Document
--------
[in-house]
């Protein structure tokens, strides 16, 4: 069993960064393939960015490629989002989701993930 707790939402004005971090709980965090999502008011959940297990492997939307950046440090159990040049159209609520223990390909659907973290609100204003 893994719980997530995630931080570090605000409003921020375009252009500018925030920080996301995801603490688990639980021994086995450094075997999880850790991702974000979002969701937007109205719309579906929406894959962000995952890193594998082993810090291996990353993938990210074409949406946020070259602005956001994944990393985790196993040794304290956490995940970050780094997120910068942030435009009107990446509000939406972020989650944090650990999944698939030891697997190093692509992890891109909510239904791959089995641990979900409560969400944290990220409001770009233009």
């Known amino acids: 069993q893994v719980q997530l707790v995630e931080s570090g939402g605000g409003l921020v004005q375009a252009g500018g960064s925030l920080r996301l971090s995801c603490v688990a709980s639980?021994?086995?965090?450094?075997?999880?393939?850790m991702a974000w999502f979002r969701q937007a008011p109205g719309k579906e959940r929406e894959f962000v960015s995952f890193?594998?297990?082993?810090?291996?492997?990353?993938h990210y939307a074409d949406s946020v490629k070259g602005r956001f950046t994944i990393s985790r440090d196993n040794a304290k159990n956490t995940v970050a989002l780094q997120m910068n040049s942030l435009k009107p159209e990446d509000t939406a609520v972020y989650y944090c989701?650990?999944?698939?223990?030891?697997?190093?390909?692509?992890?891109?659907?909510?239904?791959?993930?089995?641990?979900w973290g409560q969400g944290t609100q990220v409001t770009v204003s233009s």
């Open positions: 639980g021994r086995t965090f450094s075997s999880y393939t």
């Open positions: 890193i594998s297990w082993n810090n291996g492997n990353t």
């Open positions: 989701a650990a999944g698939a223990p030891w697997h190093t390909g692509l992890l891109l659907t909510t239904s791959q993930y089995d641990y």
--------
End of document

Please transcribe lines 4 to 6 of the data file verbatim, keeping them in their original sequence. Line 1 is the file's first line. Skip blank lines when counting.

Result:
């Open positions: 639980g021994r086995t965090f450094s075997s999880y393939t």
């Open positions: 890193i594998s297990w082993n810090n291996g492997n990353t």
């Open positions: 989701a650990a999944g698939a223990p030891w697997h190093t390909g692509l992890l891109l659907t909510t239904s791959q993930y089995d641990y």